What is smart cards in electronics?
Read the following to find out:
DIGITAL television and payperview programmes promise a bonanza not only for broadcasters but for pirates too. The illegal sport of beating the smart card is about to become more popular than ever.
Cloned smart cards are the favourite fraudulent way to watch satellite TV. To make a clone hackers reverseengineer legitimate smart cards which unscramble TV images and copy their circuitry.
TV companies respond by transmitting instructions intended to disable the clones but this sometimes hits legitimate cards as well. They can also replace every legitimate card making the clones obsolete. It can take the hackers months to produce a new clone.
But the cloned smart card which has troubled BSkyB the main payTV company is a crude device. It is giving way to more sophisticated hacking.
One alternative which has emerged in the past few months simply bypasses the smart card. It works well in France where the Nagravision decoding system scrambles the picture by cutting it into lines and shuffling them. A £150 pirate device analyses the shuffled lines and reassembles the picture.
But experiments with Sky`s scrambled pictures have so far produced only poorquality results.
Apart from professional pirates who make a living from cheating international broadcasters amateur hackers have written computer programs which emulate smart cards and trick decoders into unscrambling channels. One a program aimed at BSkyB appeared on the Internet three years ago; it was written by a German hacker to allow Europeans to watch undubbed Star Trek. BSkyB issued a new card; the program cracked that too.
More than 30 European channels can be watched in Britain with emulators they include banned porn channels and Filmnet from Scandinavia which shows the latest films in English.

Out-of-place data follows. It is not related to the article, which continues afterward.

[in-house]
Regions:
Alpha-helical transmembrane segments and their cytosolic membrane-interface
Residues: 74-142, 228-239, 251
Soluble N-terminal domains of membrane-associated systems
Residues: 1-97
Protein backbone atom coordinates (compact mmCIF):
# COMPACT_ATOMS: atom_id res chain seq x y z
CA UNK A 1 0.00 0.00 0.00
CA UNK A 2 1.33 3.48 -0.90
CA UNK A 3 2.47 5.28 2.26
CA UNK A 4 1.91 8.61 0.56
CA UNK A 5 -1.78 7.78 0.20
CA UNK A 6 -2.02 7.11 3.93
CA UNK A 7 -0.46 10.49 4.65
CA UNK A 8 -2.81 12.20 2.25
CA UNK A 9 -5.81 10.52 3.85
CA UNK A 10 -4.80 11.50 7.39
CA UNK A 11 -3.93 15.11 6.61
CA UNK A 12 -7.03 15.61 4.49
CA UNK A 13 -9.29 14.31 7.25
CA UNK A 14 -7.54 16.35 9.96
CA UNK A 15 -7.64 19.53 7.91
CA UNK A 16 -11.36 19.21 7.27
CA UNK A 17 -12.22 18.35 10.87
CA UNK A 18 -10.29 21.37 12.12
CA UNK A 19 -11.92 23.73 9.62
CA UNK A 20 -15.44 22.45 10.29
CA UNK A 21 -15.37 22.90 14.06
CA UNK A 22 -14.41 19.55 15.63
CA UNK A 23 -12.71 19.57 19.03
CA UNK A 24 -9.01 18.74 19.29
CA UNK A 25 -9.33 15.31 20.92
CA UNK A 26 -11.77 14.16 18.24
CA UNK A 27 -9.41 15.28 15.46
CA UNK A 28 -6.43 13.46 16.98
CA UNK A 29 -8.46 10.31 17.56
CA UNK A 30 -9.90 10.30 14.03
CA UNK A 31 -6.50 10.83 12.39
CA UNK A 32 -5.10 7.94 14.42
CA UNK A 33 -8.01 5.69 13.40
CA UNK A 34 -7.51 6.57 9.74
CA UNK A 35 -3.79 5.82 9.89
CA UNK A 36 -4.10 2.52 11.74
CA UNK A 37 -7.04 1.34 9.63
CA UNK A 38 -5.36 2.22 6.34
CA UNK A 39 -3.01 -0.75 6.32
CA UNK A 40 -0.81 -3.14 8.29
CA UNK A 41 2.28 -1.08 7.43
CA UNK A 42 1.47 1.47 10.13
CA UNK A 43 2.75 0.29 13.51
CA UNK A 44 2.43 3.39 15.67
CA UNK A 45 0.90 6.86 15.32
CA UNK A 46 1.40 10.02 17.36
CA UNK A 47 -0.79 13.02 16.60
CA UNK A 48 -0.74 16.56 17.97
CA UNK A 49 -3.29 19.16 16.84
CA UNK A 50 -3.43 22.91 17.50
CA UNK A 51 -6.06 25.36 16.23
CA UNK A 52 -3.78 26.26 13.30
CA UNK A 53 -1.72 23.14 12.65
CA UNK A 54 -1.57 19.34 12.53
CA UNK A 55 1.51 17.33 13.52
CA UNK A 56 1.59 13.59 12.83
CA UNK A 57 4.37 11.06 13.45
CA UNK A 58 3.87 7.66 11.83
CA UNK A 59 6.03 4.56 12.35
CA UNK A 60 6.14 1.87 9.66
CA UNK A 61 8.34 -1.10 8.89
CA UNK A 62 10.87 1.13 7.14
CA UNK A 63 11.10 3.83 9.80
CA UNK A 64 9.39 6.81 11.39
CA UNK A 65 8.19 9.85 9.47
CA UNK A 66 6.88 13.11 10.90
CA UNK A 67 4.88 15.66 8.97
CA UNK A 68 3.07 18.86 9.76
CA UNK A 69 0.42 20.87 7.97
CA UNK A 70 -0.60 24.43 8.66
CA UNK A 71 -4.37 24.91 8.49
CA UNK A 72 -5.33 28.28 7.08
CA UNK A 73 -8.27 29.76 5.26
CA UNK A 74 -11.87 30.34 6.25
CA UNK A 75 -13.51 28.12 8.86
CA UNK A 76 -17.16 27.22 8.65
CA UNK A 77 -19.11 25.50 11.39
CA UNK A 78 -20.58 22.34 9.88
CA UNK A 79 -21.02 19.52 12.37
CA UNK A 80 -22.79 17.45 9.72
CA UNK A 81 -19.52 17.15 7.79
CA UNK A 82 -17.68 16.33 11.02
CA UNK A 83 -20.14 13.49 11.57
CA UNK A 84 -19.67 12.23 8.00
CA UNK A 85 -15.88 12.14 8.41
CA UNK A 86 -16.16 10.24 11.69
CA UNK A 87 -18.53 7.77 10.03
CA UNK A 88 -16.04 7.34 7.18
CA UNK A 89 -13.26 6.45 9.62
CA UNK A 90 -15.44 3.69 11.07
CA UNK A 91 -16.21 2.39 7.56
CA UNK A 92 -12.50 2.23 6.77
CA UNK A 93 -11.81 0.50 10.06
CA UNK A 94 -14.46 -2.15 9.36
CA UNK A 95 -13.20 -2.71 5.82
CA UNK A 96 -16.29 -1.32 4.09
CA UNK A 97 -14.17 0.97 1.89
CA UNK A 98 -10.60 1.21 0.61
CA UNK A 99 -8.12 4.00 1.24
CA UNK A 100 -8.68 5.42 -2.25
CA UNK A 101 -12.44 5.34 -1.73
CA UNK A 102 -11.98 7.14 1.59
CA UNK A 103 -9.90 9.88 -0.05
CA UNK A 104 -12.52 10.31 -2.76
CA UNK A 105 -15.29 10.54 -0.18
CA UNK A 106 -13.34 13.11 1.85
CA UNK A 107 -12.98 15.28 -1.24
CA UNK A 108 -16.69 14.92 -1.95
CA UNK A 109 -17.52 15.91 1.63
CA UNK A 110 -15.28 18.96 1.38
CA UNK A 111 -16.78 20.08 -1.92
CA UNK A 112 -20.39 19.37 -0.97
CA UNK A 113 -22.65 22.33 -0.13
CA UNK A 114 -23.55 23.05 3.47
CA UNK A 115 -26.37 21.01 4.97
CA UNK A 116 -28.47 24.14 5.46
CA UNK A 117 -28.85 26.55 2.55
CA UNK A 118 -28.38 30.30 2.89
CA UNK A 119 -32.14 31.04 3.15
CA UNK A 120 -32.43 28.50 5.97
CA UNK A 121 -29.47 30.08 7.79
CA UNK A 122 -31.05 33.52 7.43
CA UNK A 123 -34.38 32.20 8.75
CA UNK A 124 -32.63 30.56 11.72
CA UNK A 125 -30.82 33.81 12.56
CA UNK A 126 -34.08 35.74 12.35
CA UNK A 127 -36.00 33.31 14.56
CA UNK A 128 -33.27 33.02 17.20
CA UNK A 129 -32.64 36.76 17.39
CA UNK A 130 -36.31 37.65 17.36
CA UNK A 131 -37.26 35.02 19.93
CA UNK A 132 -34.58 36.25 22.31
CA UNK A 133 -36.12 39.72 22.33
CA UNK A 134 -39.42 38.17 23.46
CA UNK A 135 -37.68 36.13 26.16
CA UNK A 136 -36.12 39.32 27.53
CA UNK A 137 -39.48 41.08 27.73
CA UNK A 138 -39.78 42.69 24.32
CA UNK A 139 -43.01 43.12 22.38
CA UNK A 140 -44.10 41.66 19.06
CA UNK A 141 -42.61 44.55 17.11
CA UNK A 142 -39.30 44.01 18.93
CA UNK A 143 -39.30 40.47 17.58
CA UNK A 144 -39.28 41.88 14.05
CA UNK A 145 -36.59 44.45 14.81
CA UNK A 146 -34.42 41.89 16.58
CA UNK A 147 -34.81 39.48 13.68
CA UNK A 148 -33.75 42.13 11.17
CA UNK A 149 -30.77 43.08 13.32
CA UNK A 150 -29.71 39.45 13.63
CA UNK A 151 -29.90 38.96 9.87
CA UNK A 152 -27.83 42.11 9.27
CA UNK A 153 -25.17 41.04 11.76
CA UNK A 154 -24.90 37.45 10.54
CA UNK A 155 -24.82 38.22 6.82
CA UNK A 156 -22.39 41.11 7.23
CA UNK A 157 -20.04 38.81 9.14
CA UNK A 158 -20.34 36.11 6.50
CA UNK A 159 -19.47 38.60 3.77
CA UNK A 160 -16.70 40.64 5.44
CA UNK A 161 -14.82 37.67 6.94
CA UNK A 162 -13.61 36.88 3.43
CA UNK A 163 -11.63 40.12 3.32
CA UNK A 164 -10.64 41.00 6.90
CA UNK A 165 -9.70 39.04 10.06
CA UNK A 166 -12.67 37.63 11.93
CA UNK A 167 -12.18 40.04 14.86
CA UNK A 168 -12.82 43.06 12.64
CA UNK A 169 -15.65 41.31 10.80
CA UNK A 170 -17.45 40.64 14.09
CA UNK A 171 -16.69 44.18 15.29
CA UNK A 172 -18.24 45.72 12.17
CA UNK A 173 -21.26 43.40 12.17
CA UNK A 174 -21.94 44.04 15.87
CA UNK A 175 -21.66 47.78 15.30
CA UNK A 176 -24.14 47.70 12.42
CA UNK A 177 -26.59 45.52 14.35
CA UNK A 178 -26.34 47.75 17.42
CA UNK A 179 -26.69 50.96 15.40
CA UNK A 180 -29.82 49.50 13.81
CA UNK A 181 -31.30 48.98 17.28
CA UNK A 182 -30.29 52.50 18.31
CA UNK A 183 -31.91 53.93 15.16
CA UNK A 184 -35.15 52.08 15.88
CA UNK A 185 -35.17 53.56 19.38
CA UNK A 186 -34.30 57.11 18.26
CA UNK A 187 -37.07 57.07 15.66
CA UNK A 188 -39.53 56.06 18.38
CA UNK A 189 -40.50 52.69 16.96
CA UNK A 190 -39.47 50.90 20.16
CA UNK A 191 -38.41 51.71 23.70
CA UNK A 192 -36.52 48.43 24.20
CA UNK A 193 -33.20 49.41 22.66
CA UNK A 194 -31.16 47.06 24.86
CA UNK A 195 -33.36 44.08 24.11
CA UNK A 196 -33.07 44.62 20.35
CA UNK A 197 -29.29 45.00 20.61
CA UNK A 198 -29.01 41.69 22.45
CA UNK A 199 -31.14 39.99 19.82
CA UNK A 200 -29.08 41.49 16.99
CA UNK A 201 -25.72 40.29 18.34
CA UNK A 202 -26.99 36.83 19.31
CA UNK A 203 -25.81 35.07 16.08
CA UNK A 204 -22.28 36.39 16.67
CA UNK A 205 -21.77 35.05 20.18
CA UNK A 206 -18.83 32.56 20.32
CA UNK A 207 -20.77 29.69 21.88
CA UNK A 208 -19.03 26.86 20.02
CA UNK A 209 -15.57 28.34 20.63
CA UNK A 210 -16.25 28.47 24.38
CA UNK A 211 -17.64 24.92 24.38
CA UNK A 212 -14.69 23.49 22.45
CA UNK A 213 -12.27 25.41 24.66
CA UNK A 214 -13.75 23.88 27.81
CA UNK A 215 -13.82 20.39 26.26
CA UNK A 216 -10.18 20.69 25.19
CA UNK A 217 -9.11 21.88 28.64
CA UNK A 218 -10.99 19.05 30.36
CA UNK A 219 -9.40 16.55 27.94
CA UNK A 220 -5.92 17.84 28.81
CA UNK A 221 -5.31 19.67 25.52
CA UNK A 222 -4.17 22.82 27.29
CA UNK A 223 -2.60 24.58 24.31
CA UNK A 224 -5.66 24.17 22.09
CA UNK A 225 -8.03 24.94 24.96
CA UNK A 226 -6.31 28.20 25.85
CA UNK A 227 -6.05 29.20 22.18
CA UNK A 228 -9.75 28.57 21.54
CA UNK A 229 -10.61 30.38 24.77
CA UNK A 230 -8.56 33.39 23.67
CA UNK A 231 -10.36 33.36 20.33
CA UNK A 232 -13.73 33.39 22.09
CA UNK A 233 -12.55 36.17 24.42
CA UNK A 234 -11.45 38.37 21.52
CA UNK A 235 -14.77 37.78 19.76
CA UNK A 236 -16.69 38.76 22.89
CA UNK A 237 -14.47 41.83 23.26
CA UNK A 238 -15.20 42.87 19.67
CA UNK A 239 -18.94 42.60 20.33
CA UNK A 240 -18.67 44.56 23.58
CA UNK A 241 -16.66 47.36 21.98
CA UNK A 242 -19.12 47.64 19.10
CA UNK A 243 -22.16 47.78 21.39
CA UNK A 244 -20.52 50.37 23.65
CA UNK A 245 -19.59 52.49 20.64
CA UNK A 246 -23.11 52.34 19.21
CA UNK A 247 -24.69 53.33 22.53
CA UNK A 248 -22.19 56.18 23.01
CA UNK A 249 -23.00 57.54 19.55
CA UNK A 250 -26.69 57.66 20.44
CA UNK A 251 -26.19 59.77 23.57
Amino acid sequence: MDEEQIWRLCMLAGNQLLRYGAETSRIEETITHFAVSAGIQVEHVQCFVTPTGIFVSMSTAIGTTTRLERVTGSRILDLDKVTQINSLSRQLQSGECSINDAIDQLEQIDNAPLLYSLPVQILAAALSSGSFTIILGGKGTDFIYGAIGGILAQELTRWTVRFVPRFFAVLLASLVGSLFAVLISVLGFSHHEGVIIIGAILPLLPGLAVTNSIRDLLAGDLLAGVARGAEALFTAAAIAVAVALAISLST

SKY`s current card has resisted emulators for 14 months. But the payper view mechanismused for last night`s world championship boxing for example can be hacked. A few days before the £15 payperview Mike Tyson fight last year a hacker using a pseudonym released codes on to the Internet which turned on cards for the events. A few cards were later disabled.
More ominously for BSkyB another program appeared on the Internet at Christmas. This turns on every channel of the Sky card. BSkyB could face a costly problem.
Another technique delayed data transfer requires viewersto videotape a scrambled broadcast. Later they get descrambling codes from the Internet. After a bit of rearranging of the TV cables the scrambled tape can be replayed.
Another illegal method of cheating Sky decoders is called the `McCormac hack`. The descrambling codes from one card are distributed to other decoders in realtime with a wire or phone line; even radio transmission has been tested. In essence a single card is plugged into many decoders.
With a good phone line the picture quality is perfect: and there is no known technical countermeasure. This isn`t used much in the UK because of the cost of phone callsalthough £1 an hour for a cheaprate local conference call is cheaper than payperview prices.
New digital decoders will be more secure but it is impossible in theory or in practice to make them totally resistant. PayIV companies may face the perpetual problem of passengers who do not want to pay the fare.